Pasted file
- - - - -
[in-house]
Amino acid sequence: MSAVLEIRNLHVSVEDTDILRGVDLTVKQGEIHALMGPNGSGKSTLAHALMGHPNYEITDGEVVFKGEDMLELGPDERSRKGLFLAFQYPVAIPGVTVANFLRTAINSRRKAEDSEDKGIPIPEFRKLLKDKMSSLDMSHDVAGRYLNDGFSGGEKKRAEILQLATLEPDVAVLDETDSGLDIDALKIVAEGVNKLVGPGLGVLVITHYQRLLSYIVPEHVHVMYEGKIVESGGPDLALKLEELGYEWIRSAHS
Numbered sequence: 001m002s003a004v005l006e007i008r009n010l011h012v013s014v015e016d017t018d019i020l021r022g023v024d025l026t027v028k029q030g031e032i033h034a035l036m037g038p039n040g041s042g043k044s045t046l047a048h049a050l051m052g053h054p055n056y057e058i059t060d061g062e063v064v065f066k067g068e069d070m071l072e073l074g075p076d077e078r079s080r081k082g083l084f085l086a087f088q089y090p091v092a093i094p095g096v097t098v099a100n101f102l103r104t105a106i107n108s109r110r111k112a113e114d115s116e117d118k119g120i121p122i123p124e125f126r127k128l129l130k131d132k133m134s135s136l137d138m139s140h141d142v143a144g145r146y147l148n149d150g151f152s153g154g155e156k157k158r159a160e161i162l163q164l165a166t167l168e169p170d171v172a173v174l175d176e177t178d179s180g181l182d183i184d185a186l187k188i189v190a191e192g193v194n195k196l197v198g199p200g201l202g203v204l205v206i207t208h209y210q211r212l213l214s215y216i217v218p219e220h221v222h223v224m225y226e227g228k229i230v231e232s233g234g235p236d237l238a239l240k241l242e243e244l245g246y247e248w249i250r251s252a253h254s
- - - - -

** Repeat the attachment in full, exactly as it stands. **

[in-house]
Amino acid sequence: MSAVLEIRNLHVSVEDTDILRGVDLTVKQGEIHALMGPNGSGKSTLAHALMGHPNYEITDGEVVFKGEDMLELGPDERSRKGLFLAFQYPVAIPGVTVANFLRTAINSRRKAEDSEDKGIPIPEFRKLLKDKMSSLDMSHDVAGRYLNDGFSGGEKKRAEILQLATLEPDVAVLDETDSGLDIDALKIVAEGVNKLVGPGLGVLVITHYQRLLSYIVPEHVHVMYEGKIVESGGPDLALKLEELGYEWIRSAHS
Numbered sequence: 001m002s003a004v005l006e007i008r009n010l011h012v013s014v015e016d017t018d019i020l021r022g023v024d025l026t027v028k029q030g031e032i033h034a035l036m037g038p039n040g041s042g043k044s045t046l047a048h049a050l051m052g053h054p055n056y057e058i059t060d061g062e063v064v065f066k067g068e069d070m071l072e073l074g075p076d077e078r079s080r081k082g083l084f085l086a087f088q089y090p091v092a093i094p095g096v097t098v099a100n101f102l103r104t105a106i107n108s109r110r111k112a113e114d115s116e117d118k119g120i121p122i123p124e125f126r127k128l129l130k131d132k133m134s135s136l137d138m139s140h141d142v143a144g145r146y147l148n149d150g151f152s153g154g155e156k157k158r159a160e161i162l163q164l165a166t167l168e169p170d171v172a173v174l175d176e177t178d179s180g181l182d183i184d185a186l187k188i189v190a191e192g193v194n195k196l197v198g199p200g201l202g203v204l205v206i207t208h209y210q211r212l213l214s215y216i217v218p219e220h221v222h223v224m225y226e227g228k229i230v231e232s233g234g235p236d237l238a239l240k241l242e243e244l245g246y247e248w249i250r251s252a253h254s